Allcolor(pink);
    }
            break;
    case 9:{
    uint32_t pink = strip.Color(255 * brightness / 100, 1 * brightness / 100, 10 * brightness / 100);
            Allcolor(pink);
    }
            break;

  }
}


 void Allcolor(uint32_t c) {
  for(int i = 0; i < PIXEL_COUNT; i++ ) {
    strip.setPixelColor(i, c);

  }
   strip.show();
  }

Example of rainbow animation that I’d like to include:

#include <Adafruit_NeoPixel.h>
#define PIN 6
#define NUM_LEDS 10
// Parameter 1 = number of pixels in strip
// Parameter 2 = pin number (most are valid)
// Parameter 3 = pixel type flags, add together as needed:
//   NEO_KHZ800  800 KHz bitstream (most NeoPixel products w/WS2812 LEDs)
//   NEO_KHZ400  400 KHz (classic 'v1' (not v2) FLORA pixels, WS2811 drivers)
//   NEO_GRB     Pixels are wired for GRB bitstream (most NeoPixel products)
//   NEO_RGB     Pixels are wired for RGB bitstream (v1 FLORA pixels, not v2)
Adafruit_NeoPixel strip = Adafruit_NeoPixel(NUM_LEDS, PIN, NEO_GRB + NEO_KHZ800);

void setup() {
  strip.begin();
  strip.show(); // Initialize all pixels to 'off'
}

// aqui

void loop() {
  rainbowCycle(20);
}

void rainbowCycle(int SpeedDelay) {
  byte *c;
  uint16_t i, j;

  for(j=0; j<256*5; j++) { // 5 cycles of all colors on wheel
    for(i=0; i< NUM_LEDS; i++) {
      c=Wheel(((i * 256 / NUM_LEDS) + j) & 255);
      setPixel(i, *c, *(c+1), *(c+2));
    }
    showStrip();
    delay(SpeedDelay);
  }
}

byte * Wheel(byte WheelPos) {
  static byte c[3];
 
  if(WheelPos < 85) {
   c[0]=WheelPos * 3;
   c[1]=255 - WheelPos * 3;
   c[2]=0;
  } else if(WheelPos < 170) {
   WheelPos -= 85;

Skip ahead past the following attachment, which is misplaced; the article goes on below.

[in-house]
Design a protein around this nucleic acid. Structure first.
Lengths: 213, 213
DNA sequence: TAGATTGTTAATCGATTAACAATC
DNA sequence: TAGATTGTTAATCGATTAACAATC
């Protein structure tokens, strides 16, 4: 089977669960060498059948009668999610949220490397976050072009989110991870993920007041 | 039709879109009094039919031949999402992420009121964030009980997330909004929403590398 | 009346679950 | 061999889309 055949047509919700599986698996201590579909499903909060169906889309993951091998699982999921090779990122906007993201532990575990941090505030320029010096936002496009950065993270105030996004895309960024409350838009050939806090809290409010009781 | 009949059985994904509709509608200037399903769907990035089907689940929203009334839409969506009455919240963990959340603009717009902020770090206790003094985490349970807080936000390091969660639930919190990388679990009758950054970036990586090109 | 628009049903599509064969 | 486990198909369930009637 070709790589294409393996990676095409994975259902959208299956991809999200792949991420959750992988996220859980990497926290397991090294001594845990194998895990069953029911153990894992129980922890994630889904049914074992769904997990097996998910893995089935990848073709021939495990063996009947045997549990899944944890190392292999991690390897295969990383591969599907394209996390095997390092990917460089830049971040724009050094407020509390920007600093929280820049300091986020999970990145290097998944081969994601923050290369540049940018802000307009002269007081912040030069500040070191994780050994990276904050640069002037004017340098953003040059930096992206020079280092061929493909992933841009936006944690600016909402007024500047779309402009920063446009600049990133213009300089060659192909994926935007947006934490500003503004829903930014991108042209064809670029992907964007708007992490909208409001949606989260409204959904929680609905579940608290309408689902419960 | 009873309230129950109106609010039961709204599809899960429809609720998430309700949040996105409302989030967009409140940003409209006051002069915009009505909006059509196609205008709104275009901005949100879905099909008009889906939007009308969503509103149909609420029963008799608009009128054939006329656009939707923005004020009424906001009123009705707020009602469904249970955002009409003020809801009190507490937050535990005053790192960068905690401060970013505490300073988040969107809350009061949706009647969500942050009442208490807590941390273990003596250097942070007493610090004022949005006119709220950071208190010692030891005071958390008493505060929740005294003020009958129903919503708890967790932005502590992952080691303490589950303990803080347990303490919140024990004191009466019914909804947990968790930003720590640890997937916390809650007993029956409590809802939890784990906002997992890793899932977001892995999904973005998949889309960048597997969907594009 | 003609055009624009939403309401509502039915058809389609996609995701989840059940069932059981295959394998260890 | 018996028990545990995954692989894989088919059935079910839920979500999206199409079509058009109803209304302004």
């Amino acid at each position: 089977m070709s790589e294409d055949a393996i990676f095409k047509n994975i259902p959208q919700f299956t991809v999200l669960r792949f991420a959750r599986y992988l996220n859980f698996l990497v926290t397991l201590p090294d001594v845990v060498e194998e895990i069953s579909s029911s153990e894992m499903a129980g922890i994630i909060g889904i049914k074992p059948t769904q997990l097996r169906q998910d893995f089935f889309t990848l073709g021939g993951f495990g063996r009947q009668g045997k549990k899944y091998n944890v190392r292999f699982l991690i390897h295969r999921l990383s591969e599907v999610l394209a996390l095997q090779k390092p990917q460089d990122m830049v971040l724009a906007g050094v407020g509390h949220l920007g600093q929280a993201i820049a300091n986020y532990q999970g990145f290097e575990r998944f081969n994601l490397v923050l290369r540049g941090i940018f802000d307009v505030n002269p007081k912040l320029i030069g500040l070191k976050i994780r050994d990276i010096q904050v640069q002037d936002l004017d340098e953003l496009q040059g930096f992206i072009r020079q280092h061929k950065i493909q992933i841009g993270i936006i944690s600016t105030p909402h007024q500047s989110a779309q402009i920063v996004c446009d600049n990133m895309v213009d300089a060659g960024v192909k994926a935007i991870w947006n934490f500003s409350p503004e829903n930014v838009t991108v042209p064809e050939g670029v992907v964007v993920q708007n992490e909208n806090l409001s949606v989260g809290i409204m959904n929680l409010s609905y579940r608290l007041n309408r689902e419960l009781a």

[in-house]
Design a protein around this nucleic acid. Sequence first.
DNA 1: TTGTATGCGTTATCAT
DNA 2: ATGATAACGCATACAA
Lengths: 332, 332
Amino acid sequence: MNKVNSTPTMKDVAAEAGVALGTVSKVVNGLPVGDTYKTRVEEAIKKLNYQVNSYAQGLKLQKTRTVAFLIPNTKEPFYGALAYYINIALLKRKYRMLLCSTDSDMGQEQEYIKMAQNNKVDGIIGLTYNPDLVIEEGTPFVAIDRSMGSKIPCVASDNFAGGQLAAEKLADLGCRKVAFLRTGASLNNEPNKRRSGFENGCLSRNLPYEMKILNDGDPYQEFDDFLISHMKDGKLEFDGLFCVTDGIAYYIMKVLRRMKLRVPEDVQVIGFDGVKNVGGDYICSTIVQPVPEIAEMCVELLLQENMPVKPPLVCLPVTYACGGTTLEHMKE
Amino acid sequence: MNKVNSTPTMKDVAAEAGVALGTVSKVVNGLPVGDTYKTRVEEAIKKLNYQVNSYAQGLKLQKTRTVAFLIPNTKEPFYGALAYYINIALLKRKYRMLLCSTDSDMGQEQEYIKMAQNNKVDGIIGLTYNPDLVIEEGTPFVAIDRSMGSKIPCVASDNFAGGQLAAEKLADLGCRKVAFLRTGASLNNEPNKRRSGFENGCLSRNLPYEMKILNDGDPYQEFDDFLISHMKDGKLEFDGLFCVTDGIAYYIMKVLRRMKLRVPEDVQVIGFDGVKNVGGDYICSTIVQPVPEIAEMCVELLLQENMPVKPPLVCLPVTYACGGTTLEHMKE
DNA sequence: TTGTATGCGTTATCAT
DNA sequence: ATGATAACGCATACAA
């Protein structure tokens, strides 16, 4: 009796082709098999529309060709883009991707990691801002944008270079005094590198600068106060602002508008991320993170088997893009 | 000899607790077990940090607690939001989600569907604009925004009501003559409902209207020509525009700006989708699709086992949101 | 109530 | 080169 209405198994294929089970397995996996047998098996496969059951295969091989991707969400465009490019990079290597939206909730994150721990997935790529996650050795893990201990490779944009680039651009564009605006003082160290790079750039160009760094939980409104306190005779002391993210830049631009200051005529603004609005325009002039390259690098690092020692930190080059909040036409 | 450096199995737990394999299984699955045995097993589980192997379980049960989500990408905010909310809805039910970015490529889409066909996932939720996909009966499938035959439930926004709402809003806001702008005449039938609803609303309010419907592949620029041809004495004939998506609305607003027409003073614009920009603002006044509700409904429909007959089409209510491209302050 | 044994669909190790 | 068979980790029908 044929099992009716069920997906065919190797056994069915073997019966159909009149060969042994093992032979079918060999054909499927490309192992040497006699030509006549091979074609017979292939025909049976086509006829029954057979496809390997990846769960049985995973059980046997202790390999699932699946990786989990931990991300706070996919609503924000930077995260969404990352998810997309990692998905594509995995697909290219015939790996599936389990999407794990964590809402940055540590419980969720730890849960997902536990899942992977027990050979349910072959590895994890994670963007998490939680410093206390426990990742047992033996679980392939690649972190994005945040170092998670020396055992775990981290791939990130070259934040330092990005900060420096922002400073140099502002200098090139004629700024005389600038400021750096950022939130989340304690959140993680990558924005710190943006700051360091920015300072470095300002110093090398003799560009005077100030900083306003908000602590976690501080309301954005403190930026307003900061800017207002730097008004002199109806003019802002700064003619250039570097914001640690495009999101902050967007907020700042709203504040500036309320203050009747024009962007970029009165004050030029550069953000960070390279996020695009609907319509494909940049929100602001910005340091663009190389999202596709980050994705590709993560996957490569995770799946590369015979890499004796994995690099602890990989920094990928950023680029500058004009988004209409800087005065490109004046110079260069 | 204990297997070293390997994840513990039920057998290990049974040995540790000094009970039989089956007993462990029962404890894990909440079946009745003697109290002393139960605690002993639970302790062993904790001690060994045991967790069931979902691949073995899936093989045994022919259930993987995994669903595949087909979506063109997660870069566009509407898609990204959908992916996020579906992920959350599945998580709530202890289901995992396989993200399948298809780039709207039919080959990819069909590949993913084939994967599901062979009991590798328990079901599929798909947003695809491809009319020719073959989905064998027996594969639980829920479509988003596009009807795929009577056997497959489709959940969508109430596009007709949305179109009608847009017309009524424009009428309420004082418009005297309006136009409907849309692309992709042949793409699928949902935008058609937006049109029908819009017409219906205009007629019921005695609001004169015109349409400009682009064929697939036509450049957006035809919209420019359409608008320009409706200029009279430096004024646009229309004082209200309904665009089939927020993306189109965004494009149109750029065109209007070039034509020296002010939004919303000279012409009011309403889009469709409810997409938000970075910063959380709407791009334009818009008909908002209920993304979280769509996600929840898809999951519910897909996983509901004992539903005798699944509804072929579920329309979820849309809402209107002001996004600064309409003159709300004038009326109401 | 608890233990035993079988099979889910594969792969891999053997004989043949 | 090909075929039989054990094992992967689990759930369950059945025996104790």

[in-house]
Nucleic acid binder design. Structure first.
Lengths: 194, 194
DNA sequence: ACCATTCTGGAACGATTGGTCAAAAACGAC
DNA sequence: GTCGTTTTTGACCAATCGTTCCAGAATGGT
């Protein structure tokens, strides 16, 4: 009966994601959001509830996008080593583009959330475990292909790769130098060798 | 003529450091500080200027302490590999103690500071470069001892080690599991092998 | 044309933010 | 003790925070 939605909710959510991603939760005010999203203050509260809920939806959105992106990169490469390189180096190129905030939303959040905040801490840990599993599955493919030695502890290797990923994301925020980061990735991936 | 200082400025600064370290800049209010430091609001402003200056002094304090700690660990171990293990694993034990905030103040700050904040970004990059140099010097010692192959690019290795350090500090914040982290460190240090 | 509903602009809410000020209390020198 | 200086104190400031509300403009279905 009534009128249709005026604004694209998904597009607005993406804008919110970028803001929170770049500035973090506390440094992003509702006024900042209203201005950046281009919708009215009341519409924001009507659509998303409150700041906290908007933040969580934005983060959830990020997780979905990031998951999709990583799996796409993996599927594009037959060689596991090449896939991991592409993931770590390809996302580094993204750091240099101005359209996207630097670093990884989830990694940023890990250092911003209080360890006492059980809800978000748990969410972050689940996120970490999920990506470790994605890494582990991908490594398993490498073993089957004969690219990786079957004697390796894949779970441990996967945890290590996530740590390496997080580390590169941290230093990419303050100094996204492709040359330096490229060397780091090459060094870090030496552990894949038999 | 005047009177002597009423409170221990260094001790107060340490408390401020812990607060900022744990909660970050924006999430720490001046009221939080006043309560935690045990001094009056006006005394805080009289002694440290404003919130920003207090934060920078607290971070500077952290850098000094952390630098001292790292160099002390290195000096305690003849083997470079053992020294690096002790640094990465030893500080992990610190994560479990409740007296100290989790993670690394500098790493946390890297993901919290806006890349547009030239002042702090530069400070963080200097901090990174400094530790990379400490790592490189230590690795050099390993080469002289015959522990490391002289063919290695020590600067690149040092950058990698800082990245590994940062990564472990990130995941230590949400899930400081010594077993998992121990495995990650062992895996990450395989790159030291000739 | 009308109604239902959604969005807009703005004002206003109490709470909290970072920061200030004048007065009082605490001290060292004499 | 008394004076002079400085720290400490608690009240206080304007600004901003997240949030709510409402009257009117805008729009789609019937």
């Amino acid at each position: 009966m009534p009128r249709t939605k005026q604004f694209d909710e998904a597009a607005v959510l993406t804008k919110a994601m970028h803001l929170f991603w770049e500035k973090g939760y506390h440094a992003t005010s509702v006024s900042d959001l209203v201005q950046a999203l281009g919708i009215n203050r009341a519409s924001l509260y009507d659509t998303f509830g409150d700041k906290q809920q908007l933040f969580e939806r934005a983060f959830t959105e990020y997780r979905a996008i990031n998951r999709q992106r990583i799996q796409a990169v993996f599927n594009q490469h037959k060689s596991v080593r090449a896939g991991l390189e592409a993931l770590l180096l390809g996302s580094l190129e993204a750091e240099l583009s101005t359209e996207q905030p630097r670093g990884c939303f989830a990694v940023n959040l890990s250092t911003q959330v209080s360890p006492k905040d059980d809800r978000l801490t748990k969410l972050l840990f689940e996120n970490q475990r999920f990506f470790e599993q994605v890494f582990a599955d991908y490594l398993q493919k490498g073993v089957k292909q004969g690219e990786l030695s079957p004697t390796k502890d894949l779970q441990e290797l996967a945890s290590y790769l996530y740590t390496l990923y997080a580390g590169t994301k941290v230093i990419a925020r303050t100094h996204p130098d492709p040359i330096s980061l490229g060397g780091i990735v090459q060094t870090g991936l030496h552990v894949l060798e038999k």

c[0]=255 - WheelPos * 3;
   c[1]=0;
   c[2]=WheelPos * 3;
  } else {
   WheelPos -= 170;
   c[0]=0;
   c[1]=WheelPos * 3;
   c[2]=255 - WheelPos * 3;
  }

  return c;
}

// aqui

void showStrip() {
 #ifdef ADAFRUIT_NEOPIXEL_H
   // NeoPixel
   strip.show();
 #endif
 #ifndef ADAFRUIT_NEOPIXEL_H
   // FastLED
   FastLED.show();
 #endif
}

void setPixel(int Pixel, byte red, byte green, byte blue) {
 #ifdef ADAFRUIT_NEOPIXEL_H
   // NeoPixel
   strip.setPixelColor(Pixel, strip.Color(red, green, blue));
 #endif
 #ifndef ADAFRUIT_NEOPIXEL_H
   // FastLED
   leds[Pixel].r = red;
   leds[Pixel].g = green;
   leds[Pixel].b = blue;
 #endif
}

void setAll(byte red, byte green, byte blue) {
  for(int i = 0; i < NUM_LEDS; i++ ) {
    setPixel(i, red, green, blue);
  }
  showStrip();
}

Huge thanks in advance to anyone that could help me with this! <3


You have the led strip connected to the Vin pin. That's probably not correct. But it's hard to say because we don't know how you will power the circuit when away from the PC.

My suggestions would be either:

A li-ion battery such as 18650 size or a li-po pack. These are around 3.7V and you can power the Nano and led strip directly from it. On the Nano, connect the battery to the 5V pin, not the Vin pin. Of course, you need a special charger for this type of battery. Also they can be damaged by over-discharging. Some 18650 batteries have a built-in protection circuit. For li-po packs, you can buy a small charging and protection board.

A holder for 3xAA NiMh batteries. This will have a voltage around 3.75V and you can use an ordinary battery charger. Connect the Nano and LEDs as explained above.

+1 karma for using code tags in your first post. If would be helpful if you can get into the habit of using Tools->Auto Format before you post your code. Auto Format does not change how the code works at all, but makes it much more readable and easier to spot mistakes.

Of your 2 sketches, a guess the first one will make a better starting point. It has code to read and debounce the button. You can modify that and move parts of the other sketch into it. If also has code to control the switching between modes. It currently has 10 modes for 10 different colours. You will only need 2 modes.

The second sketch is not so good. It is written in a style we call "blocking code" because it uses the delay() command inside a loop. This makes it respond to button pressed and pot adjustments very slowly or not at all. So need to adapt parts copied over the new sketch carefully to avoid this problem.